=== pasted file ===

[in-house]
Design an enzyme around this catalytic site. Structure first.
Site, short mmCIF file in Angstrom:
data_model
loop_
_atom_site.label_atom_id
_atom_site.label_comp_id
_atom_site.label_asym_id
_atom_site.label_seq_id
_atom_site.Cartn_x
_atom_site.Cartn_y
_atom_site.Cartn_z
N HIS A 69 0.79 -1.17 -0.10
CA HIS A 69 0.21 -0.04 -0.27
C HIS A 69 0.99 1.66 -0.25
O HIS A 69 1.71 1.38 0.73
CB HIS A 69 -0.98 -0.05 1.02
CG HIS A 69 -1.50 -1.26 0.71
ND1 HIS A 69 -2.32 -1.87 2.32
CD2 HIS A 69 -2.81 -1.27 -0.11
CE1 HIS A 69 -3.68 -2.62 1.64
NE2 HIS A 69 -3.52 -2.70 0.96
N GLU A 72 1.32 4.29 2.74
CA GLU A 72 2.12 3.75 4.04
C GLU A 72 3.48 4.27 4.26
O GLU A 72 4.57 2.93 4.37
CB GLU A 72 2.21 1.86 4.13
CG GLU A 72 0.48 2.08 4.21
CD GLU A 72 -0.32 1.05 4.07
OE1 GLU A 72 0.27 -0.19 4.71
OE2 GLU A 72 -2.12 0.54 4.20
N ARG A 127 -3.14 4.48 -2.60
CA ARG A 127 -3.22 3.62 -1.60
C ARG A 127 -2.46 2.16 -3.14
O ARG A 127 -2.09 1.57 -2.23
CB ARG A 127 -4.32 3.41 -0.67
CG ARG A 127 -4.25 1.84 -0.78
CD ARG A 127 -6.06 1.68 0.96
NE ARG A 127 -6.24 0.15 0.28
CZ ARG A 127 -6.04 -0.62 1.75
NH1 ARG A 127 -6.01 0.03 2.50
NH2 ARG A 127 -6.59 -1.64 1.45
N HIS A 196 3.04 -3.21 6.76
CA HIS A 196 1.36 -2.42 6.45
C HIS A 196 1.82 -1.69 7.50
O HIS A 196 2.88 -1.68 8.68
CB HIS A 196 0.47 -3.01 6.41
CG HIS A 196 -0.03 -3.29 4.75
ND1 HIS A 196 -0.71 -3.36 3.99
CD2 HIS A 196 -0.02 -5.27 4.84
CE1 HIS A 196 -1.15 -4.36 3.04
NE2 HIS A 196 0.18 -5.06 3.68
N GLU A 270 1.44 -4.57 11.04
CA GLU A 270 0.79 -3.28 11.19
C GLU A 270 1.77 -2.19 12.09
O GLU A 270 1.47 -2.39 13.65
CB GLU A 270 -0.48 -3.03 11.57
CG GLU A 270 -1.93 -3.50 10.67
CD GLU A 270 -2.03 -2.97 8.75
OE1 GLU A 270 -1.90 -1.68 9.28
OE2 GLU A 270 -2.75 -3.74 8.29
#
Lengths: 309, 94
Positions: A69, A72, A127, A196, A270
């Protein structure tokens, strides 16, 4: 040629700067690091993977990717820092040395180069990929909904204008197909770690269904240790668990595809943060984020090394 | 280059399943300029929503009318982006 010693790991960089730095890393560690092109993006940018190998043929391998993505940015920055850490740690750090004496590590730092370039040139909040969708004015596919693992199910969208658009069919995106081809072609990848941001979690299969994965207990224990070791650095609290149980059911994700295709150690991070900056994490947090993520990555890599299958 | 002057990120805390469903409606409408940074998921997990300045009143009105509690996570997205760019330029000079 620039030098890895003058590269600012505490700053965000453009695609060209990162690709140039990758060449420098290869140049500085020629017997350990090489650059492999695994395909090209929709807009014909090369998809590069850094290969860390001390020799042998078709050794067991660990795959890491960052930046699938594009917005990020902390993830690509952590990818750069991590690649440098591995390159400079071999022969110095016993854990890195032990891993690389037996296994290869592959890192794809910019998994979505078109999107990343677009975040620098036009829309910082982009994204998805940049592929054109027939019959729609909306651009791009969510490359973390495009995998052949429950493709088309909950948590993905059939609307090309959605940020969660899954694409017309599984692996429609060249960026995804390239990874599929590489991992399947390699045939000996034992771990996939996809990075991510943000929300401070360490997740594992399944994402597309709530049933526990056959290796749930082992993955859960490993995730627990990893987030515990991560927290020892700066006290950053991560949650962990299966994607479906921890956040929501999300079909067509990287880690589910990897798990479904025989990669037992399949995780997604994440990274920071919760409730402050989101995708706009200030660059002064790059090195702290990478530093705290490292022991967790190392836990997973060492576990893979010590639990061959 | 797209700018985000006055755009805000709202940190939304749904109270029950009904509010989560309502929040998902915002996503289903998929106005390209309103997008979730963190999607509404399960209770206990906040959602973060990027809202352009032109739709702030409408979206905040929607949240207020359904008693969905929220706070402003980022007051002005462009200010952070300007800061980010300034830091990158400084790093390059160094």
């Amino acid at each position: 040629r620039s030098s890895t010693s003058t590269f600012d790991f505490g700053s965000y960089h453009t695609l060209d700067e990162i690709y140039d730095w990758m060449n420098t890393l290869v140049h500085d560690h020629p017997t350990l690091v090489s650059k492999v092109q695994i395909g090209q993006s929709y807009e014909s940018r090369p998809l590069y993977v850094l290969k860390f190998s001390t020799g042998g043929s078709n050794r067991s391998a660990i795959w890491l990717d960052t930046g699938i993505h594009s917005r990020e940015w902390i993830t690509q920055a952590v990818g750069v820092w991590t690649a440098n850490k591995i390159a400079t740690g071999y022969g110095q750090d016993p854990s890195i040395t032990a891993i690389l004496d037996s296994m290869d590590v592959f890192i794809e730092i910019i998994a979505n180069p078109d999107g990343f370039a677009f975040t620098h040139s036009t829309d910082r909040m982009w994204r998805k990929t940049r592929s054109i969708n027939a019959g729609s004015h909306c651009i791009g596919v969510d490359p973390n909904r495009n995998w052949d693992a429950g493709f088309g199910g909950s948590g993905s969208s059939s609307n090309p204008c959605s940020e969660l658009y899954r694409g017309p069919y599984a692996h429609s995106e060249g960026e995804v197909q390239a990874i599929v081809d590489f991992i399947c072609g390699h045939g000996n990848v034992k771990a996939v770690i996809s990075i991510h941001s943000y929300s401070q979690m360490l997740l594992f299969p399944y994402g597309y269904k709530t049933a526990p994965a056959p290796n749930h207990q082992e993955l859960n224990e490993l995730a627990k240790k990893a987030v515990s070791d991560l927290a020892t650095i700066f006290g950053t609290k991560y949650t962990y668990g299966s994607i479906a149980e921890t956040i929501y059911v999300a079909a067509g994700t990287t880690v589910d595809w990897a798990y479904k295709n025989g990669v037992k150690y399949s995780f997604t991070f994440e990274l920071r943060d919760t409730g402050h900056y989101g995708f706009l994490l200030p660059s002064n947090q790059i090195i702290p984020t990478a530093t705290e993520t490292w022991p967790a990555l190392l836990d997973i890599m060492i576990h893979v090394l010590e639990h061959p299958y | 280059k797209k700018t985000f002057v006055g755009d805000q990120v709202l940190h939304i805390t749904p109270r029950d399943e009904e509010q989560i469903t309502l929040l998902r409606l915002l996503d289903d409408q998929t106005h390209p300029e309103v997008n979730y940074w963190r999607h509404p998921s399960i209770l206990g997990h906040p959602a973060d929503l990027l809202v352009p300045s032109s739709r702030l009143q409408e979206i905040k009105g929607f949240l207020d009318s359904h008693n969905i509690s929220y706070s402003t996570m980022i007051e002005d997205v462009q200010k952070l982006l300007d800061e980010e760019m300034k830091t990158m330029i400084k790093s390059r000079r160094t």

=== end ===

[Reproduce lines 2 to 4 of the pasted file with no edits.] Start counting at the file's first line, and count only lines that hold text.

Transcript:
Design an enzyme around this catalytic site. Structure first.
Site, short mmCIF file in Angstrom:
data_model